The results of this exploratory analysis will be framed in the context of broader societal changes over the last decades as aging population, the second demographic transition (i.e. increasing diversification and instability of household structures), growing gender awareness, multiculturality and socio-spatial polarisation. These changes relate to the transition from intensive to flexible economic growth regimes, or from fordism to postfordism, which took place during the late 1970s and early 1980s. Therefore, the analysis of inequalities will be extended as much as possible to the 1970 and the 1981 census.

The whole analysis will be embedded in a theoretical framework based on the concept of mode of economic integration of Karl Polanyi. These modes of economic integration can be defined as the basic types of relations that people develop in order to secure access to their means of existence. Polanyi shows that besides autarky, only three such modes exist: reciprocity, redistribution and market exchange. These concepts are useful to understand poverty and inequality (defined as a lack of capacities to participate in one or more of these relation types), but also to characterise economic and political changes (reinforcing market exchange at the expense of (state) redistribution and reciprocity), to pinpoint the differences in welfare state provision between the States and Regions involved and to measure the potentials and constraints that spatial settings impose on these relations.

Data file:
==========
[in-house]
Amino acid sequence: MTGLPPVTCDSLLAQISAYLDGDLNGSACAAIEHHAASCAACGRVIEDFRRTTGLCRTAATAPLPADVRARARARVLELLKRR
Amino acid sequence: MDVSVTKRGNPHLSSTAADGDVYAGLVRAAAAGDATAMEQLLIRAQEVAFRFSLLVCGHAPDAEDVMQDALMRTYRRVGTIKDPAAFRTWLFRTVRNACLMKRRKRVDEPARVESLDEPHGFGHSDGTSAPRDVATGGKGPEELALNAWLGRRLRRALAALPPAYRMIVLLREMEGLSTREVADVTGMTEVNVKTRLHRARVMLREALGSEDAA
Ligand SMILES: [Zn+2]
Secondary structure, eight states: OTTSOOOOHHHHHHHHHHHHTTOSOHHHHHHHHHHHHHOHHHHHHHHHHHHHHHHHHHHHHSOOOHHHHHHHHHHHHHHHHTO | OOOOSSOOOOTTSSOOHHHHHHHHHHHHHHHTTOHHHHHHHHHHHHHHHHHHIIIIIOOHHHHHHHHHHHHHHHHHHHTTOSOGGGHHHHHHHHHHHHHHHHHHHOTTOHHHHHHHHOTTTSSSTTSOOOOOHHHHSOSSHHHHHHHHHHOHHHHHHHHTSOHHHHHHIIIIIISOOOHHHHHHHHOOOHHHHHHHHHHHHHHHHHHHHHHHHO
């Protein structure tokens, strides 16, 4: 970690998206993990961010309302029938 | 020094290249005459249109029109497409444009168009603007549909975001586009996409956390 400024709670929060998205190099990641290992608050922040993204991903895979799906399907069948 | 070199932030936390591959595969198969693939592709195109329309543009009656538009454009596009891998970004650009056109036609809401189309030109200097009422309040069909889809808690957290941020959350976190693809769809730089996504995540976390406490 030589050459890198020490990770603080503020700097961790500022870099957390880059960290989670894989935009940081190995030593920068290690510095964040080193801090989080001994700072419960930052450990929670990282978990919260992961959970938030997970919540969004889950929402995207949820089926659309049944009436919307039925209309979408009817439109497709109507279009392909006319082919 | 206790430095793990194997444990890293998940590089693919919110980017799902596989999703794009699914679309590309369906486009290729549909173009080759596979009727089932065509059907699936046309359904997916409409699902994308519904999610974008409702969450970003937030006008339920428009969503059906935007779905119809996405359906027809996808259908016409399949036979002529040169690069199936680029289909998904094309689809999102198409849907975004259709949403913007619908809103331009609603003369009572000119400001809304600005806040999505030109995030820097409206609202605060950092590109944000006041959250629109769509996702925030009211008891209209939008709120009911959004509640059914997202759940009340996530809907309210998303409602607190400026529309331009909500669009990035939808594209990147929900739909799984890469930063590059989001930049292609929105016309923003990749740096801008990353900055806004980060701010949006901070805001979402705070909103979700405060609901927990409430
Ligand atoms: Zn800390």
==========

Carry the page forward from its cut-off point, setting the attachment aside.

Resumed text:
At the end of the project, the expected outcomes are:

• Understanding of changes in social inequality related to the transition of fordism to postfordism and the concomitant changes in welfare policies in Belgium and Luxemburg. This will be done within the Polanyian theoretical framework of modes of economic integration and will also take the processes of second demographic transition into account. The first two dimensions of change relate to the changing relations between market exchange and redistribution, the latter to social networks and reciprocity.

• Enrich the theoretical framework on the basis of the empirical results. Indeed these empirical results will help to identify intermediate concepts linking modes of economic integration with social inequalities in the fields under study. In other words we will be able to identify the key-relations or transitions in terms of education, employment, household form, housing residential environment, health, which open or foreclose access to means of existence (expressed here as up- or downward changes of social positions or being trapped in such a low position). The transition matrices calculated in the project will be crucial to predict the probabilities of stability, up- and downward social mobility regarding positions in terms of education, employment, housing, etc.). Moreover, the spatial dimension of the project enables us to understand the spatial structures of these relations. This knowledge is potentially crucial for better understanding the effects of social and territorial policies combating social inequalities. This is the way we intend to improve our understanding of the processes generating social inequalities in time and space.

• A better understanding of the interactions between the production of social inequalities and their spatial context. Space is seen here as the environment of individuals in terms of physical and social neighbourhood characteristics, including the position and the production conditions of that neighbourhood within the wider urban or regional context.

• A better understanding of the factors affecting transmission of social positions within and between generations.